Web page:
The image of a crafter or artisan is often serene, even pastoral. It's easy to imagine a potter spinning his wheel in his barn-turned-studio and then selling his wares at the little farmer's market down the road. Or a knitter, knitting quietly with a dog at her feet and a cup of tea as she gets ready for this year's Christmas craft fair.
But, in today's global market, such crafters, artisans, artists and designers need not rely on farmer's markets and craft fairs alone. The Internet provides such crafters with access to a global market, 24 hours a day, seven days a week, traditional methods of selling just can't compare in terms of sales and exposure.
An online presence can be a great benefit for any type of crafter, be it a jewellery maker, a knitter, a glassblower, a potter or a painter. It gives crafters credibility as a legitimate business because now their customers can easily access their information, including contact details (in fact, customers may consider you less credible if you don't have a website).
Crafters can advertise their domain name on their flyers, business cards and signs, and potential customers will automatically go to their website to find out more about them and their products. Crafters can have a complete, updateable inventory of their products with photos on their website, making it easy for a buyer to simply click and order.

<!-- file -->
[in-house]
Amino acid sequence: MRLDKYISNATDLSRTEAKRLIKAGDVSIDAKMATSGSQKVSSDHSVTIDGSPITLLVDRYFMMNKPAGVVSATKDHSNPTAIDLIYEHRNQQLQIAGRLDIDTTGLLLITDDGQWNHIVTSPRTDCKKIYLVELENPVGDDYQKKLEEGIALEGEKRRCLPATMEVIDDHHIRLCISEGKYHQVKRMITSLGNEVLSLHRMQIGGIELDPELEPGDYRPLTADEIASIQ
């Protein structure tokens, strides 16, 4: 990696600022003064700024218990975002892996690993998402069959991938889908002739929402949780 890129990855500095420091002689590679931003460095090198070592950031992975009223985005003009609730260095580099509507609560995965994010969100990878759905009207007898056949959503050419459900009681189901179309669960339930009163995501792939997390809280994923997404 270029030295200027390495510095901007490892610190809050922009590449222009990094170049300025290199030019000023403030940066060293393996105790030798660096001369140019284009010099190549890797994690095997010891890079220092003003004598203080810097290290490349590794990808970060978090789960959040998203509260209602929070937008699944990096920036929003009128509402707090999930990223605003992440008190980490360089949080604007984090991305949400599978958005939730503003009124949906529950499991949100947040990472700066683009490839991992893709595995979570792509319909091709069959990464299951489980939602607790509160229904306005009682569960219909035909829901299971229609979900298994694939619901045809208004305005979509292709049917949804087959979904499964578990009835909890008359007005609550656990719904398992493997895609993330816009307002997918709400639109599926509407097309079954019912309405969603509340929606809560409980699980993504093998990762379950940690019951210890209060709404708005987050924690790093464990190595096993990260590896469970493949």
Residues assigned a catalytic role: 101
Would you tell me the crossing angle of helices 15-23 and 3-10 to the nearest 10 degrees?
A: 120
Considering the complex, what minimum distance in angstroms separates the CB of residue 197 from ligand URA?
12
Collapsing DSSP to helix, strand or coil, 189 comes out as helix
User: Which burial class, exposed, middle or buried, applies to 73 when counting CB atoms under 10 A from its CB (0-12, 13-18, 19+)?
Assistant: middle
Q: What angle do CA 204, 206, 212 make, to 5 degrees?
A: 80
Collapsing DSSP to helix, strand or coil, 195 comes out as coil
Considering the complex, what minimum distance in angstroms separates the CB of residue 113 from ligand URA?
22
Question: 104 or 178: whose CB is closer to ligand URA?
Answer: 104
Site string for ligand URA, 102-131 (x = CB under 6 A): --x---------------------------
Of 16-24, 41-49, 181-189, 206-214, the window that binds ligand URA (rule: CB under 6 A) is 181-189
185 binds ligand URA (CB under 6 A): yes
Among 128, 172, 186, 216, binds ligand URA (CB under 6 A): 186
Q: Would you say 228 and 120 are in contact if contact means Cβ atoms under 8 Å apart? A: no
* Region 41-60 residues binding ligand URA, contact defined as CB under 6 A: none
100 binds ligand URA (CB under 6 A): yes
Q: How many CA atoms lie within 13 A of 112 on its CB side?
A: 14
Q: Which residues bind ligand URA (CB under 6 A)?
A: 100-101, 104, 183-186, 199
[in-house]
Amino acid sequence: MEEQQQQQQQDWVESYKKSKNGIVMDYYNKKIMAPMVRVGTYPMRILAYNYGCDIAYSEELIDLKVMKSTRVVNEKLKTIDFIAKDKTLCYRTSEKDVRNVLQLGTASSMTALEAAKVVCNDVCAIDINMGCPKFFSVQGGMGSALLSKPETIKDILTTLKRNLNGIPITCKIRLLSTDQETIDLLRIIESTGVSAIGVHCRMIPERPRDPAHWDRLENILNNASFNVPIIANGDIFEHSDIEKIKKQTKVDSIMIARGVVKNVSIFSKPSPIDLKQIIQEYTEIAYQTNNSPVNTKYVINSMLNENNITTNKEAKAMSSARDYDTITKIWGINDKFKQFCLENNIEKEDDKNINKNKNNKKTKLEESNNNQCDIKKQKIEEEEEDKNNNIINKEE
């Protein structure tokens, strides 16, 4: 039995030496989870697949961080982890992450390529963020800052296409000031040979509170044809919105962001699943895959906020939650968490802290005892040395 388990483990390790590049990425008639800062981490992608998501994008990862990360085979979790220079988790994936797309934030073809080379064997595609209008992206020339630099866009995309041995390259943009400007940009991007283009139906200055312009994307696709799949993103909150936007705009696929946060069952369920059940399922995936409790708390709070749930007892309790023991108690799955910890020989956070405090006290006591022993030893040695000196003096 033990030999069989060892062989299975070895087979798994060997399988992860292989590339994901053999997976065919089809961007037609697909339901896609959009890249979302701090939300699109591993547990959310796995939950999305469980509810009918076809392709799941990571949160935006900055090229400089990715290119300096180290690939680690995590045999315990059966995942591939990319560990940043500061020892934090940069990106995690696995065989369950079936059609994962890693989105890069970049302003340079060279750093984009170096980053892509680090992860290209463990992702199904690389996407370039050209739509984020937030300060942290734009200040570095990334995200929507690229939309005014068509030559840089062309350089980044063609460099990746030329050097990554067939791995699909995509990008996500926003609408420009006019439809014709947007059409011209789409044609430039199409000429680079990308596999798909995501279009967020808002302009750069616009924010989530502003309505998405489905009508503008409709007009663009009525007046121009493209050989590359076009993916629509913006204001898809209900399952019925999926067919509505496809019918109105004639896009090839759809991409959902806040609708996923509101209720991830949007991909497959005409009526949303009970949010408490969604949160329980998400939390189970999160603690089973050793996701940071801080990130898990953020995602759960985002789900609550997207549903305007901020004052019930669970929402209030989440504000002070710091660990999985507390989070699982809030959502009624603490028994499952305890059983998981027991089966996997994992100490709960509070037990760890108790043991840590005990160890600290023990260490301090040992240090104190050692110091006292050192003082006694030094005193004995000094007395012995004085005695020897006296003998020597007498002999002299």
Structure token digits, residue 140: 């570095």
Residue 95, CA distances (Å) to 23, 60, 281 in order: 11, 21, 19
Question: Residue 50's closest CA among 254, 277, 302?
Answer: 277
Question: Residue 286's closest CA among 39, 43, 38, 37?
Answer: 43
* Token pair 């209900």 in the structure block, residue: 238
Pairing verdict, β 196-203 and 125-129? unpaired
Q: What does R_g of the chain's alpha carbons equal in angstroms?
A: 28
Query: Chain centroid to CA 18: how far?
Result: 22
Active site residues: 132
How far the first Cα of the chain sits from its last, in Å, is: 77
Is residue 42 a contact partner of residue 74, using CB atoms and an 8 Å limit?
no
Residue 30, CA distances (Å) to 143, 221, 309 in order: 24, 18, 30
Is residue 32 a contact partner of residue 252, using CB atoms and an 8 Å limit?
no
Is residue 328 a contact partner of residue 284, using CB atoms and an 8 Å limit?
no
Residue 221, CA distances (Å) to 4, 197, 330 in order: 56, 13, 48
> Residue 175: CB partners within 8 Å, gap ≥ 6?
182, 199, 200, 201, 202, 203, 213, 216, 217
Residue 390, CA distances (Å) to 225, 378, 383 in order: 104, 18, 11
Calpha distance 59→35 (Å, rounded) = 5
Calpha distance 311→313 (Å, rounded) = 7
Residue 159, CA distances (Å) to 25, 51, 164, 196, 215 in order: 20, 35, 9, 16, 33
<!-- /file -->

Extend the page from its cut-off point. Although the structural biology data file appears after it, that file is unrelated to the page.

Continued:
A presence on the Internet is essentially like having a store opens every day, all year long ? no waiting between those craft fairs or local tourist season. And their customer base grows automatically from a limited local market to a worldwide one.
Considering all these benefits and the knowledge that if you're not online, your competitor will be ? having an online presence isn't so much a question of "Should I?", but "How do I?". But the thought of managing a website, especially one that offers online ordering, can seem daunting for many small entrepreneurs.
Crafters can hire a website designer to create an online presence with ecommerce capabilities for them. There are often high costs associated with the design and management of websites, of course. There are also concerns about things like security and payment, which must be handled appropriately in this day and age of identify theft. Another option is to join an online crafters' mall. A good crafters' mall will make things easy for crafters, as it will have created the basic infrastructure already and they won't have to worry about the logistics of maintaining the website; they will only have to update their personal information and fill the orders that start coming in.
Catherine Stabler is owner of the virtual craft mall Gold Leaf Crafters (http://www.goldleafcrafters.com), which brings together crafters, artists, artisans and designers with interested buyers worldwide via the Internet.